Unlike a generation ago, millennials are careful drinkers, big on health and low on binges. Studies aside, it is easy to spot this behavioural change in a city like London on weekends, as you go to bars and take the Tube back. Drunken revelry has shrunk.
Drinking sherry is back in vogue
Instead, one big fad in the last two years is Seedlip—commonly dubbed “non-alcoholic gin”—at bars and even old-fashioned clubs where once scotch and soda may have dominated. Distilled from plants, herbs, spices, orange peels and so on, this is a drink with botanicals and a grown-up complexity that we otherwise appreciate in well-made craft gins; both use the traditional pot-still distillation. And it’s not cheap, with some variants selling for more than the price of gins: A 1-litre bottle of Bombay Sapphire at Sainsbury’s costs £20, as opposed to £24 for Seedlip. Despite this, it has been steadily catching the fancy of drinkers who don’t want to consume alcohol on their evenings out.
Since launching Seedlip three years ago, its maker, Seedlip Drinks, has grown from selling just a few thousand bottles to almost a million in 2019. Though there are many other non-alcoholic beverages, including beers and wines, available in the market, one clear reason for this phenomenon has to do with Seedlip’s health image—it has no additives and no sugar. Moreover, its complex flavour makes it perfect for grown-ups who abhor juvenile, simplistic mocktails available in most bars.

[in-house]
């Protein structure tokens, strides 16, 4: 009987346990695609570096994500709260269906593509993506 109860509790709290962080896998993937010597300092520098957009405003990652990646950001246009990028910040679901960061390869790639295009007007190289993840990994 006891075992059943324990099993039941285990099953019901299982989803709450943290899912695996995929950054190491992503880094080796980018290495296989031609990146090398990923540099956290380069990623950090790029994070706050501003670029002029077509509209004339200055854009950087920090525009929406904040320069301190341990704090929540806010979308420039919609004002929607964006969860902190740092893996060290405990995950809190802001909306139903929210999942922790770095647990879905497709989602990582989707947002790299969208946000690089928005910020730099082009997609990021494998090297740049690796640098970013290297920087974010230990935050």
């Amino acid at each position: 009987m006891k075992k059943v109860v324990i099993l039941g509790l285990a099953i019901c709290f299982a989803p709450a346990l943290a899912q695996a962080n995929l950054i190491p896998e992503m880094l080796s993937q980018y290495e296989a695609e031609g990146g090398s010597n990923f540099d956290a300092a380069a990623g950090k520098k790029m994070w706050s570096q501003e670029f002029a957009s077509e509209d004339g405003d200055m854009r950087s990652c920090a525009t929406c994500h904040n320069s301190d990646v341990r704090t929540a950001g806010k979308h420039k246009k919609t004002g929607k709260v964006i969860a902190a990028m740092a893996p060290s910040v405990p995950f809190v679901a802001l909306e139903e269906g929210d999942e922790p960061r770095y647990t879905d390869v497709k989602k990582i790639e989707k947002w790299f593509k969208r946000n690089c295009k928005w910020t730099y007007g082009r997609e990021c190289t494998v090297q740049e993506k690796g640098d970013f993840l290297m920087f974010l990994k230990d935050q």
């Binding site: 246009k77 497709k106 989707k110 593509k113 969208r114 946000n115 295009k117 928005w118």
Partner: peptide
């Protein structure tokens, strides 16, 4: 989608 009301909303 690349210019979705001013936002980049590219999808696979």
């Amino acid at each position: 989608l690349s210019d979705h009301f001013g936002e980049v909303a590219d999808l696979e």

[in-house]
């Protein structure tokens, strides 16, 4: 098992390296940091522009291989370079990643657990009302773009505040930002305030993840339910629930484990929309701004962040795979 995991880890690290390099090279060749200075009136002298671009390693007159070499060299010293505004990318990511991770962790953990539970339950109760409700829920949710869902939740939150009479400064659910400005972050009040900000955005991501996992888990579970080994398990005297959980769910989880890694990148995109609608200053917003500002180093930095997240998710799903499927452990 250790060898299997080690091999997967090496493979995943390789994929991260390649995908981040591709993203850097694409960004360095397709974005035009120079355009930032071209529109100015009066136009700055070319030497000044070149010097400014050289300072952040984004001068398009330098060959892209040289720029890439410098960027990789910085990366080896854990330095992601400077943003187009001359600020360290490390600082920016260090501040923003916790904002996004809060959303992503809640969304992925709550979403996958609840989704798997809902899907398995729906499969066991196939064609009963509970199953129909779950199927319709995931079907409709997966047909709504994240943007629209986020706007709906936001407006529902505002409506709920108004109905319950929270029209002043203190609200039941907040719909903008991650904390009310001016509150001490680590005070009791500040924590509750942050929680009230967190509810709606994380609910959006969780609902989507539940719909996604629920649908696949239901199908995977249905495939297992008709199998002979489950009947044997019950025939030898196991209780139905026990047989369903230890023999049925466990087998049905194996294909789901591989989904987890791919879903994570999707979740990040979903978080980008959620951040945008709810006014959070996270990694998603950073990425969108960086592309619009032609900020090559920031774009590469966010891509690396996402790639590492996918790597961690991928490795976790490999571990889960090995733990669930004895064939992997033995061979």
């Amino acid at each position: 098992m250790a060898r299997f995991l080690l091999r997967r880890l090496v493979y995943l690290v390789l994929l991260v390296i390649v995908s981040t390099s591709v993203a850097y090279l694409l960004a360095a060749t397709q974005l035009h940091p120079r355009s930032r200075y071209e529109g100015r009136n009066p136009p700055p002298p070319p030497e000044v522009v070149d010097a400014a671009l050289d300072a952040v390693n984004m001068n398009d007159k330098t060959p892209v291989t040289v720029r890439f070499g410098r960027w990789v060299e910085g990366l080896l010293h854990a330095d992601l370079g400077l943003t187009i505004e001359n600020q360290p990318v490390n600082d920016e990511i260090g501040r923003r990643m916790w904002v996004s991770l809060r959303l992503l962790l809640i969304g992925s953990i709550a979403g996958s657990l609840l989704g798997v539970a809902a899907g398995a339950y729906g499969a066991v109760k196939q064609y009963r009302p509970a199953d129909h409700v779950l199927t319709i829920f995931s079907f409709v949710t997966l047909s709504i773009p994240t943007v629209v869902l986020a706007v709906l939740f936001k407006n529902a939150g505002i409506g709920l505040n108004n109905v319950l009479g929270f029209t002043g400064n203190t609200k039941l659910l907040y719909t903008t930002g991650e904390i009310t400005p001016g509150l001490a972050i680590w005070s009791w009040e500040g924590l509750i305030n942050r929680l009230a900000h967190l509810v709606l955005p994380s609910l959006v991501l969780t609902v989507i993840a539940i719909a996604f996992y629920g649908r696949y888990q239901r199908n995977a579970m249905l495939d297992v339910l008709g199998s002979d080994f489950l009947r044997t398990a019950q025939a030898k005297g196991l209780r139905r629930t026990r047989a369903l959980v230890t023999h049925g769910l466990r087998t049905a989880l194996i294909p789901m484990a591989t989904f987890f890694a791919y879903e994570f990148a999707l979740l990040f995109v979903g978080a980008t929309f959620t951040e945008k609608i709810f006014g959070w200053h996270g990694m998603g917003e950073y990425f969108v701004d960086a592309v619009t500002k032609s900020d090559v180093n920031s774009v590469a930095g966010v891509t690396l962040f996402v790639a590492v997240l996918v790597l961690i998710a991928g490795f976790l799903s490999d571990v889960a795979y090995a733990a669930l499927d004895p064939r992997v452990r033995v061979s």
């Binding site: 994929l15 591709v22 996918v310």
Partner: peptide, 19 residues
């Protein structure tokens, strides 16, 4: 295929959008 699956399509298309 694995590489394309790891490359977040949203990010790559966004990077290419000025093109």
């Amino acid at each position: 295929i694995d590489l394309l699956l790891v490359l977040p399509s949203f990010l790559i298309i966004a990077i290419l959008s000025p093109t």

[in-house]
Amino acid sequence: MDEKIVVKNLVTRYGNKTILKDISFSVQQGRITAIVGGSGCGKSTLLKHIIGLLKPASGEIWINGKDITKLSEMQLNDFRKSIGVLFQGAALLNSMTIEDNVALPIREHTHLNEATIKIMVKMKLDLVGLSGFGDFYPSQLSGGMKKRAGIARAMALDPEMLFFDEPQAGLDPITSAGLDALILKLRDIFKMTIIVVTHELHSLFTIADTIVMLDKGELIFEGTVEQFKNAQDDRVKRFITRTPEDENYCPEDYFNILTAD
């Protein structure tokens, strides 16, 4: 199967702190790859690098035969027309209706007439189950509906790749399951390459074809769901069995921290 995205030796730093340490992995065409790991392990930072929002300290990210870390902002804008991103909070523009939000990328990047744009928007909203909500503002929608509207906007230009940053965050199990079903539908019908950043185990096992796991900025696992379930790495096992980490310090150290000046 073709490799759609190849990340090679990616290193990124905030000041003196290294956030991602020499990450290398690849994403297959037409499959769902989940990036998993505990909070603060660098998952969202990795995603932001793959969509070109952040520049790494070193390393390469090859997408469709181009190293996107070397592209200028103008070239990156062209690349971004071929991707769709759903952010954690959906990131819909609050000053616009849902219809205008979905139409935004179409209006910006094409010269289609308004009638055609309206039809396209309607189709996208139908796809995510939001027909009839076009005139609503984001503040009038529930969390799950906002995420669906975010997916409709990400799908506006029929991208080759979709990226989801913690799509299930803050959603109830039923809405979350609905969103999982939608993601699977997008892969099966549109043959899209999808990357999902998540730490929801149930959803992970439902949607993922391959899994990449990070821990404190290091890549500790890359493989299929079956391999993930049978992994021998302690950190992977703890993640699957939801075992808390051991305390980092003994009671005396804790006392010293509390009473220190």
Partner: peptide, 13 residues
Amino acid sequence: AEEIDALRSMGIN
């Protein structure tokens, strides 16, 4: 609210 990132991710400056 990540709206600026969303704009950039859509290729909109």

In London, Seedlip cocktails have become an entire category in themselves, opening up a market that did not exit. There is the No-groni (non-alcoholic negroni), which is quite credible even for a negroni fanatic like me.
Indian bars are yet to make these but Seedlip has just made its India debut, imported by Brindco, one of the biggest wine and beer importers in the country.
Two (of the four, globally) versions are being imported—Seedlip Garden 108 (made from garden peas; it apparently takes 108 days to sow, grow and pick peas from the garden) and Seedlip Spice 94 (after the 1494 voyage of Christopher Columbus). According to Aman Dhall, executive director of Brindco, a beverage importer, “the Indian non-alcoholic beverage market holds a huge potential and was valued at ₹
524 billion in 2015, expected to grow at 17.6 percent CAGR till 2020.”
“Currently, what we have are mundane products, mostly full of sugar and carbonation. Seedlip has the potential to make non-alcoholic cocktail experience a class apart with espresso martiNo (espresso martini equivalent), Garden Sour (gin or whisky sour equivalent) and so on,” he says.
In hot and humid India, the list of drinks for an evening of entertainment just got better.
(This story appears in the 30 August, 2019 issue of Forbes India. To visit our Archives, click here.)